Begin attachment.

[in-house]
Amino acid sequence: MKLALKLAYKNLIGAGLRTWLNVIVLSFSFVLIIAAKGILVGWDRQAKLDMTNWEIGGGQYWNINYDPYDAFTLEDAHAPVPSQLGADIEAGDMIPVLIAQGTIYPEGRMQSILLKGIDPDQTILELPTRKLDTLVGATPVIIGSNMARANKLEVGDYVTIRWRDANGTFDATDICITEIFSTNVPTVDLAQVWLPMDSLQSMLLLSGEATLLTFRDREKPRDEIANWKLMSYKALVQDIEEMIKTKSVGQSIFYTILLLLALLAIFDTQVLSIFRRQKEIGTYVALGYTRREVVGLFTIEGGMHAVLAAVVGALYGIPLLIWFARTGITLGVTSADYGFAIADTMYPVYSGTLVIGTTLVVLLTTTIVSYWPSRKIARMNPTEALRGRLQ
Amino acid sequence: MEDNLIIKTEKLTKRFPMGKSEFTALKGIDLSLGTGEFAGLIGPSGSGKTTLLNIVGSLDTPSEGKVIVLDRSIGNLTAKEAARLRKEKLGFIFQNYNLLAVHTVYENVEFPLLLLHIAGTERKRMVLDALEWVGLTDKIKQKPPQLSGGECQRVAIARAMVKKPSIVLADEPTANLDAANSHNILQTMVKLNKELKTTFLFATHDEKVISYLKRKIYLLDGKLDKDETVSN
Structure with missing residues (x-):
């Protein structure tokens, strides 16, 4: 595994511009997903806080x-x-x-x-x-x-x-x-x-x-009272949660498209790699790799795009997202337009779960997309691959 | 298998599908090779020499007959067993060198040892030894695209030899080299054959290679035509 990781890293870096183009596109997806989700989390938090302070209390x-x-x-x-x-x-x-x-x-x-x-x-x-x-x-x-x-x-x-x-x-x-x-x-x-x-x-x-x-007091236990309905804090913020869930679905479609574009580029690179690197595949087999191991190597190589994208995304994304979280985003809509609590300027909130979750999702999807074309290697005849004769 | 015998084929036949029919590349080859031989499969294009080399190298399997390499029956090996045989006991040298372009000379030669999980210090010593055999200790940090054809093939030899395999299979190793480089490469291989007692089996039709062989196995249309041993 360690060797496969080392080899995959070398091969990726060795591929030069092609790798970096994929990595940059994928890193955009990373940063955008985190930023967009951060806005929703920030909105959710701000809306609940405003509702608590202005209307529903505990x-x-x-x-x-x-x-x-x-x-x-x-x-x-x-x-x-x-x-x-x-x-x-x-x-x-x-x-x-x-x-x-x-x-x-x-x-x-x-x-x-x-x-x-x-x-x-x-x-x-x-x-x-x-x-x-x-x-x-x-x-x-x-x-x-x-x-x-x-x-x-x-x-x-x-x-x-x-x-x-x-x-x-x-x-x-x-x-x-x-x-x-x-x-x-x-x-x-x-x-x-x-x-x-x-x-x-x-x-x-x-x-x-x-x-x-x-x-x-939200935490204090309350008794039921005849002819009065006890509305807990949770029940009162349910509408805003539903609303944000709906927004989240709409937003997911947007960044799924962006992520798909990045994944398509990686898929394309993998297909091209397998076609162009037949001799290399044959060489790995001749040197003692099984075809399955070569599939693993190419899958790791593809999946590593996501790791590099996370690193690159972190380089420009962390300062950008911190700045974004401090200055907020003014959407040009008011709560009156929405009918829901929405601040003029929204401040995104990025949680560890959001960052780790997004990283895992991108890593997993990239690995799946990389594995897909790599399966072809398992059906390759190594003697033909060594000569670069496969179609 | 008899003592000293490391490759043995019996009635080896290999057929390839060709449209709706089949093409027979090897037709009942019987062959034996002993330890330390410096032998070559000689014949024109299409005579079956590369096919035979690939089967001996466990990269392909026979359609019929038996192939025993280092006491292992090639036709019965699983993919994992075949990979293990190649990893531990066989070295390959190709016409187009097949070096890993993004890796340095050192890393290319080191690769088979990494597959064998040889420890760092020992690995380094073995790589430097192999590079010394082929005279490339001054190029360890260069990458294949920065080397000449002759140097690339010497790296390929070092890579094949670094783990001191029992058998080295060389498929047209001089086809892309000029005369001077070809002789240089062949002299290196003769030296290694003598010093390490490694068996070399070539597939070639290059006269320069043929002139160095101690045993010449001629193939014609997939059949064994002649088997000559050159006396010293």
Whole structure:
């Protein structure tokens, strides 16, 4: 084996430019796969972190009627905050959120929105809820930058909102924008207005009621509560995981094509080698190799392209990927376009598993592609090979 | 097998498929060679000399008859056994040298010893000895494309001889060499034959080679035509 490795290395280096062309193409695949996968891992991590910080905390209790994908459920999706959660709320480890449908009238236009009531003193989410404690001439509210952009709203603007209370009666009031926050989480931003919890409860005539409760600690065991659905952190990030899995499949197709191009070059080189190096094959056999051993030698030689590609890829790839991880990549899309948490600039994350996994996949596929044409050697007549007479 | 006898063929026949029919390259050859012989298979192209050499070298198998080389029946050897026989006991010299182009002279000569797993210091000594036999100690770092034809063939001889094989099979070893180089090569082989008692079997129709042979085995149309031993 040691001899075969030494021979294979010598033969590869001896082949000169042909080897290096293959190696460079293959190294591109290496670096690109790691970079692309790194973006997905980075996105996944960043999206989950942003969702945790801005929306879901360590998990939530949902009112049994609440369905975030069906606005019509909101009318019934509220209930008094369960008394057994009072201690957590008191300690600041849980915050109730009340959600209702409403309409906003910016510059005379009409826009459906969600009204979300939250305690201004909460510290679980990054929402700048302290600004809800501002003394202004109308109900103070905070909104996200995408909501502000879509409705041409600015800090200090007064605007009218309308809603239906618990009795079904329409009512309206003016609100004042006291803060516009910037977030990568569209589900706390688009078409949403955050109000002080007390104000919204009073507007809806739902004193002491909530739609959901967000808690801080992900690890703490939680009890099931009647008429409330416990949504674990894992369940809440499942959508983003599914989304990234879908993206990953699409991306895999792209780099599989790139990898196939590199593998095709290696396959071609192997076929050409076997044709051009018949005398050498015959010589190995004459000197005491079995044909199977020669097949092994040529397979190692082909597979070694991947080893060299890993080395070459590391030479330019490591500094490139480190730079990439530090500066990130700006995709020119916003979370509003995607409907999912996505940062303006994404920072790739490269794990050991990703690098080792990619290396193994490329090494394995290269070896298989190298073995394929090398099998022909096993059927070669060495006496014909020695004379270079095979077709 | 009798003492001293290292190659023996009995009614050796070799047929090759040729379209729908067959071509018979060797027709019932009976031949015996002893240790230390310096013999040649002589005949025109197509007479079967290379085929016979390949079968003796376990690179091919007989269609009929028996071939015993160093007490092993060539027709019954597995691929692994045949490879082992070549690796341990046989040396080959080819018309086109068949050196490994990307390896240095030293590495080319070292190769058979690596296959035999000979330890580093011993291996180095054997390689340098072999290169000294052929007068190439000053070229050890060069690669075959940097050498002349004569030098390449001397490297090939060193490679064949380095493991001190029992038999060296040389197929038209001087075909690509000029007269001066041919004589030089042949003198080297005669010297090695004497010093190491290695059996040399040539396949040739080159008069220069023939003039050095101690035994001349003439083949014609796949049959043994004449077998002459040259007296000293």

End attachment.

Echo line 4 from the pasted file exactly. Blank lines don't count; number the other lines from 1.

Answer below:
Structure with missing residues (x-):